The Tonkin Gulf Resolution on August 7

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America has gone through prosperity and depression as a country, but we overcome and grow and learn from our history to shape our future. During the course of 1965, Lyndon B Johnson set the stage for three years of legislation that completed the Domestic transformation of the United States which began three decades earlier with FDR’s New Deal, but would be overshadowed by an aggressive foreign policy driven by his support of containment and the domino theory. LBJ’s presidency underwent evolution as it progresses beginning as an extension of John F. Kennedy’s presidency and evolving into an aggressive, legacy of destruction and violence. Early in Johnson’s foreign evolvements he encounters many difficulties and lack of progress…show more content…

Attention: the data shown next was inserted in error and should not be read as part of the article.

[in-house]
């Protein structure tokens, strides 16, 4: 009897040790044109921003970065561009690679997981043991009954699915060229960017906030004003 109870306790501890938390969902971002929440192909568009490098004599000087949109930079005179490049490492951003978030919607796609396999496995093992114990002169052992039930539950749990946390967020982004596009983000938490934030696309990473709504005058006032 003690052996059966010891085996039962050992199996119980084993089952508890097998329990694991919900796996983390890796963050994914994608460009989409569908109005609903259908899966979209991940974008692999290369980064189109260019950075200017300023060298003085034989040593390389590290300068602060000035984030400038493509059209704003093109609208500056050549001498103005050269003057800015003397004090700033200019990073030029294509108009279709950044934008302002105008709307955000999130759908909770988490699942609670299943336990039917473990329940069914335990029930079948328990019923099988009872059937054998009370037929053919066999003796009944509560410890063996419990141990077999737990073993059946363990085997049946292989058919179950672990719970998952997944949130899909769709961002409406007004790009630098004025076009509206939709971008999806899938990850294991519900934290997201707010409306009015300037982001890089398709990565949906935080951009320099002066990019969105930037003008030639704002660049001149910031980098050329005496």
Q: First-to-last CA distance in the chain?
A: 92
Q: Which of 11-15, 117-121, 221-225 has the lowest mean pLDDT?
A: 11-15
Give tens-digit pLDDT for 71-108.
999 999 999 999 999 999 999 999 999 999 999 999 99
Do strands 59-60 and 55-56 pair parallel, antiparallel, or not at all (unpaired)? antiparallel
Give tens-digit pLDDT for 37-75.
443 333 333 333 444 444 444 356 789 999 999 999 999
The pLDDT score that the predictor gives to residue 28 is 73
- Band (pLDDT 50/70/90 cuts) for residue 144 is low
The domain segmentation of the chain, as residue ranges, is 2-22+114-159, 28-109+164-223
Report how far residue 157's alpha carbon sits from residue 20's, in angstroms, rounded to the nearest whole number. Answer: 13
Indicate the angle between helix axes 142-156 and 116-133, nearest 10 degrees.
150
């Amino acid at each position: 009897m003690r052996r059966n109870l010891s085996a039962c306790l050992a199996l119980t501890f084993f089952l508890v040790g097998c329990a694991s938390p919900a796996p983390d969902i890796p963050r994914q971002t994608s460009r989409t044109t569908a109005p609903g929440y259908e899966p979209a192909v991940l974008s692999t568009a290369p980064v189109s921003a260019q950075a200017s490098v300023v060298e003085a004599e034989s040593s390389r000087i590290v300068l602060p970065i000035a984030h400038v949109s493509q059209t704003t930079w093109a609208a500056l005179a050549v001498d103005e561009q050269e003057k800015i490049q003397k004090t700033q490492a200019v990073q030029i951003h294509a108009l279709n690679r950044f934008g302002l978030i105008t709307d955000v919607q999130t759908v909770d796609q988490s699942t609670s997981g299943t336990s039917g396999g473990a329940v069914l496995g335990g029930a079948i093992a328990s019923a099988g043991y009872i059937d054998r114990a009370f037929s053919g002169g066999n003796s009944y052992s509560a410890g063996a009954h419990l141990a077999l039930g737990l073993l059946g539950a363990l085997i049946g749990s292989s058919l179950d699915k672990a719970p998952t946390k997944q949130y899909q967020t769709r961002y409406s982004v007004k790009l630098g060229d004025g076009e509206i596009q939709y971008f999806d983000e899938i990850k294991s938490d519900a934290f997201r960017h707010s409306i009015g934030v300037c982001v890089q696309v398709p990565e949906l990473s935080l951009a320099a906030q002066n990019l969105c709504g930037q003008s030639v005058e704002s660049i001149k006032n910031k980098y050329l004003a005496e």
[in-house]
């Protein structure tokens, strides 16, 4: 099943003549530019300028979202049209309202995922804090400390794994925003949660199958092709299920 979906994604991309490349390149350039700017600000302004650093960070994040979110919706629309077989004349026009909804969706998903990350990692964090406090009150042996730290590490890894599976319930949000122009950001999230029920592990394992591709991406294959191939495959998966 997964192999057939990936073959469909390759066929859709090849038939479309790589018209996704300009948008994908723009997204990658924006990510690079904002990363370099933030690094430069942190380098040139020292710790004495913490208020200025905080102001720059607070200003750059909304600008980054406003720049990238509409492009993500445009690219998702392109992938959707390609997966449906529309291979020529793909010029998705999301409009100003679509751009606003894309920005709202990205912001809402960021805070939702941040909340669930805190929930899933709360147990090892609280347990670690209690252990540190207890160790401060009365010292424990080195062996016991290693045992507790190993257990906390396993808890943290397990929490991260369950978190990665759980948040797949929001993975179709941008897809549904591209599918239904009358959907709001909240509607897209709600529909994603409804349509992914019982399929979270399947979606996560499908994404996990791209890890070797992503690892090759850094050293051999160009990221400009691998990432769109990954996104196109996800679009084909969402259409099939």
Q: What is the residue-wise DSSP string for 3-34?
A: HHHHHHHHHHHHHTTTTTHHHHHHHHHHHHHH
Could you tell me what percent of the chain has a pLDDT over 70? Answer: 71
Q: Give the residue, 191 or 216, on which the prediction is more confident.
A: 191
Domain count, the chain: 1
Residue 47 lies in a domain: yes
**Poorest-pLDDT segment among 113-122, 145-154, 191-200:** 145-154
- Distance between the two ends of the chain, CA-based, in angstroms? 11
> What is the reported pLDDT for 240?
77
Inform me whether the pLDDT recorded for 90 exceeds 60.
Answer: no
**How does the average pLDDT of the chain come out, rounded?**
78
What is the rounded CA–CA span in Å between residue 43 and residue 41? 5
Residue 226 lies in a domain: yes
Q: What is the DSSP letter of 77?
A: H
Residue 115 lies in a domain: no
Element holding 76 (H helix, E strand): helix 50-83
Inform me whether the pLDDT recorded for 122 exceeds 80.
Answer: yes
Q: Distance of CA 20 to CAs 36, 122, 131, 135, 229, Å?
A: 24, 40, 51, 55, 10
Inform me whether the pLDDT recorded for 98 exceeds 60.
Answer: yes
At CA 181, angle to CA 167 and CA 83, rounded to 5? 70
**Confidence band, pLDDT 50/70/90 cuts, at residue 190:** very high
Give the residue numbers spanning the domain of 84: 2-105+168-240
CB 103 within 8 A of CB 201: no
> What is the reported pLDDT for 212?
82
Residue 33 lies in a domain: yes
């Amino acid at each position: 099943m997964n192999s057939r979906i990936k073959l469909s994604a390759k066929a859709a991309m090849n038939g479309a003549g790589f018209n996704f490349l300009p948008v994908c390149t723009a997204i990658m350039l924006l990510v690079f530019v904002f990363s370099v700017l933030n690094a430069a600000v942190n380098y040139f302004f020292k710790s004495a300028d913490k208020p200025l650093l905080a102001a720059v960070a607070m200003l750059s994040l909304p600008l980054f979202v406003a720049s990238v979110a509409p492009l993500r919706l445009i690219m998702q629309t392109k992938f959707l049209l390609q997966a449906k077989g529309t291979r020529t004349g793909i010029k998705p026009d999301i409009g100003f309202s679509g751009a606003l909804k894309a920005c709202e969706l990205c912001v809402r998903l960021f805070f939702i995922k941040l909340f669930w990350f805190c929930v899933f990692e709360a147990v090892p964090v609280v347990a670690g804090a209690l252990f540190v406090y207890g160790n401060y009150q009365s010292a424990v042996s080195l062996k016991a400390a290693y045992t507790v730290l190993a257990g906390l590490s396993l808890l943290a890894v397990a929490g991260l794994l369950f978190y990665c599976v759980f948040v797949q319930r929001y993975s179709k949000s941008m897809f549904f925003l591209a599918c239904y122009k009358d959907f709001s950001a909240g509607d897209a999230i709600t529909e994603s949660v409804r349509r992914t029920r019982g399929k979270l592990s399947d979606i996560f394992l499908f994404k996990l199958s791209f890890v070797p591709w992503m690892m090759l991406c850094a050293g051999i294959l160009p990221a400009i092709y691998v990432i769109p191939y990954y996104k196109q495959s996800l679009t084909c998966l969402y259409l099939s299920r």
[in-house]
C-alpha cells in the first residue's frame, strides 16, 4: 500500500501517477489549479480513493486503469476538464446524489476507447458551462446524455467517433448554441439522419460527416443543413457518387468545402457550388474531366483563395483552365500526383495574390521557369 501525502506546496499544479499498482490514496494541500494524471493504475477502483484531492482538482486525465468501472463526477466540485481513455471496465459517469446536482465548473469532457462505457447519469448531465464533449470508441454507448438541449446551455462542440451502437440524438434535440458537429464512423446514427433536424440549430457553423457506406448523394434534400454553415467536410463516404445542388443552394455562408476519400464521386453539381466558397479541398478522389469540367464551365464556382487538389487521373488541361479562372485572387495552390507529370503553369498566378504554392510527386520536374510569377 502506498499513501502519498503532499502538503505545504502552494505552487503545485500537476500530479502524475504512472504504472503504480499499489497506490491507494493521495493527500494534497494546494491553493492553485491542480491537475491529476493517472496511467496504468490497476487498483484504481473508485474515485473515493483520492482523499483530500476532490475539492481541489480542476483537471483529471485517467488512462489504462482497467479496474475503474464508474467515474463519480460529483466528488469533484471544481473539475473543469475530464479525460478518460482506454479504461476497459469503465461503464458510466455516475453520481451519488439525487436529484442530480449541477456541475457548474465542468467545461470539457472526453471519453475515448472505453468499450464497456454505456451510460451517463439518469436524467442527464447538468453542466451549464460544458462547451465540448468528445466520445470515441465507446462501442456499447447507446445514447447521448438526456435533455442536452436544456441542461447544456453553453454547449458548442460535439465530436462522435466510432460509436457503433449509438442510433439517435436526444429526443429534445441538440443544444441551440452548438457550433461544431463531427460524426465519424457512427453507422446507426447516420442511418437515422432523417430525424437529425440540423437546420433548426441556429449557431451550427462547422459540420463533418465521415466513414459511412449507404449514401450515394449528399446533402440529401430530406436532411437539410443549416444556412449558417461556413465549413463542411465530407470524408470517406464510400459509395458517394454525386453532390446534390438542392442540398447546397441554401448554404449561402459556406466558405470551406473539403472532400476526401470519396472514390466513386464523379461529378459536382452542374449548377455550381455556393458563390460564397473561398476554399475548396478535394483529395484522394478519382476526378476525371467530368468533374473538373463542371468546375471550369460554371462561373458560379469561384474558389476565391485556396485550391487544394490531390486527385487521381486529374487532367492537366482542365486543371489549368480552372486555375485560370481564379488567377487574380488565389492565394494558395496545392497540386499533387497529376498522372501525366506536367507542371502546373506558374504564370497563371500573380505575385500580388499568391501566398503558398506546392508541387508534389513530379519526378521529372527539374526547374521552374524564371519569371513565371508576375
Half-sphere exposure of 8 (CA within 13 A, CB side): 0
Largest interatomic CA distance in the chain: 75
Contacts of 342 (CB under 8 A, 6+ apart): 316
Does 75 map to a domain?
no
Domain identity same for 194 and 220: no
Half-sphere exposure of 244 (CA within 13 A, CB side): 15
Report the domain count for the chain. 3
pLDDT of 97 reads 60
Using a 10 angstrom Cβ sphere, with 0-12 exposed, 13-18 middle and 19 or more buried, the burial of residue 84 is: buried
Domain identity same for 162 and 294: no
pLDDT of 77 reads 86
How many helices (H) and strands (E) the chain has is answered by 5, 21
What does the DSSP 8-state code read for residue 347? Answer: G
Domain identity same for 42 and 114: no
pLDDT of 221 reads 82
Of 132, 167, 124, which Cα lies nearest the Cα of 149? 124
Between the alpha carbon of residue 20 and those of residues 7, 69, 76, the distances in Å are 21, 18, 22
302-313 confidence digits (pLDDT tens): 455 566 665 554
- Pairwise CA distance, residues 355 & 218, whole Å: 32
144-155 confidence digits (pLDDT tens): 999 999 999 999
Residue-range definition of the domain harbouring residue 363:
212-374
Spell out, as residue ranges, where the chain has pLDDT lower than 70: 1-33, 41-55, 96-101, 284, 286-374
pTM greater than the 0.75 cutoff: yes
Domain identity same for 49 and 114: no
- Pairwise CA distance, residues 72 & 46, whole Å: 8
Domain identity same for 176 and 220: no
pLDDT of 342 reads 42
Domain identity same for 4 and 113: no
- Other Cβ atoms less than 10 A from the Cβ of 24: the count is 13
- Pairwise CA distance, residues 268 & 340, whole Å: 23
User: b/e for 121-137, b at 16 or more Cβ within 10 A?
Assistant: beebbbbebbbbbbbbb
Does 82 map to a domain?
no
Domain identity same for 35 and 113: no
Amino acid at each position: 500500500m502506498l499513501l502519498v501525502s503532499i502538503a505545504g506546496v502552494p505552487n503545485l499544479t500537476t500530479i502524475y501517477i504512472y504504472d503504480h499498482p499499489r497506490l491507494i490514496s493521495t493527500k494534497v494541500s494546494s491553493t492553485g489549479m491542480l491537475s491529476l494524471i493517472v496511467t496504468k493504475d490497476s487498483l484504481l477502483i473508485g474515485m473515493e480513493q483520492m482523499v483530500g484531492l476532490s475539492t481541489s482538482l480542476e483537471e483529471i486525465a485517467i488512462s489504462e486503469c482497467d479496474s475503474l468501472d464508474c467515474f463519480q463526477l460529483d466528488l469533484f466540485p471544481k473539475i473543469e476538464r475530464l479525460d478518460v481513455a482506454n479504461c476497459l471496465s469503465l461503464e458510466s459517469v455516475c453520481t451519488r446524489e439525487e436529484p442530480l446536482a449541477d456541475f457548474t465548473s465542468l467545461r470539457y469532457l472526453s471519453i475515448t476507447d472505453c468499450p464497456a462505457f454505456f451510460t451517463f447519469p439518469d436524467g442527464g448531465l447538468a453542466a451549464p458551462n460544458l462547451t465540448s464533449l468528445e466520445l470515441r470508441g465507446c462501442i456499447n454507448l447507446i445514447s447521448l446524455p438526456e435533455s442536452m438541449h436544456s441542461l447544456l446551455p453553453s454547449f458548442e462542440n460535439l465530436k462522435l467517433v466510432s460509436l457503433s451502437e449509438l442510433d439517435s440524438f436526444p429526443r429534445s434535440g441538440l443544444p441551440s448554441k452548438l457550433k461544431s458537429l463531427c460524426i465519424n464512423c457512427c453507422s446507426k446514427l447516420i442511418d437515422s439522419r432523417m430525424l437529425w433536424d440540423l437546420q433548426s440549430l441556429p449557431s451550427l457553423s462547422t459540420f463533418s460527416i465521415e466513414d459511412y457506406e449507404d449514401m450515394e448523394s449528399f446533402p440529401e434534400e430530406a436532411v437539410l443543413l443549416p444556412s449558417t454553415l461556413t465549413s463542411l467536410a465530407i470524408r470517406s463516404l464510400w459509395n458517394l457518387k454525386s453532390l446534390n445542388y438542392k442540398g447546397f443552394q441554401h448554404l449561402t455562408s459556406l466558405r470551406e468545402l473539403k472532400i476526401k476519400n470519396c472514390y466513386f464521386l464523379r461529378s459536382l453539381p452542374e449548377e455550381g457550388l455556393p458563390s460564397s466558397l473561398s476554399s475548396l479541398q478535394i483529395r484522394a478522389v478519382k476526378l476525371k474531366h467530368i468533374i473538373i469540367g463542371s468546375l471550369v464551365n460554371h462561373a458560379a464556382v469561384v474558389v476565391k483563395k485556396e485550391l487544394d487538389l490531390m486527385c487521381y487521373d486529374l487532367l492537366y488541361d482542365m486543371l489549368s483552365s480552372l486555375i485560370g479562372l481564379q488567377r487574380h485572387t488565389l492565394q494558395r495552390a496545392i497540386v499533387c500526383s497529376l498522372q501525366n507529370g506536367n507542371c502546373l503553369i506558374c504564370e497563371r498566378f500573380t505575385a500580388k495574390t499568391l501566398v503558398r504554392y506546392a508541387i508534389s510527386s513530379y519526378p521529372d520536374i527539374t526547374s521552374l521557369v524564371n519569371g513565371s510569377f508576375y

Up until this event Johnson’s foreign policy was quite similar to Kennedy’s, whereas after the resolution his new foreign policies deepened the U.S. involvement in Vietnam to a much larger extent. The effects could be seen shortly after the resolution, as immediate increases in military assistance were ordered, causing some 25,000 American combat troops in Vietnam by 1964. Additionally, by the spring of 1965 there were constant American aerial raids on North Vietnam, which was a part of an operation, called “Rolling Thunder”. Johnson and his advisors greatly supported this operation in the hope of damaging North Vietnam’s war-making infrastructure and its lines of supply. This operation which emerged from the Tonkin resolution also set Johnson’s foreign policy apart from Kennedy’s. It was the first sustained U.S. military operation in Vietnam, which demonstrated Johnson’s greater military commitment to Vietnam. This trend of continuously sending more and more American troops continued, which can be clearly seen when Johnson finally decided in July of 1965 for an open-ended military commitment. Johnson was able to completely Americanize the war and rush thousands of ground troops into Vietnam. This can be especially seen when comparing the maximum number of Kennedy’s military advisors of 16,000 by November 1963 with Johnson’s 500,000 American troops in Vietnam by 1968. Although
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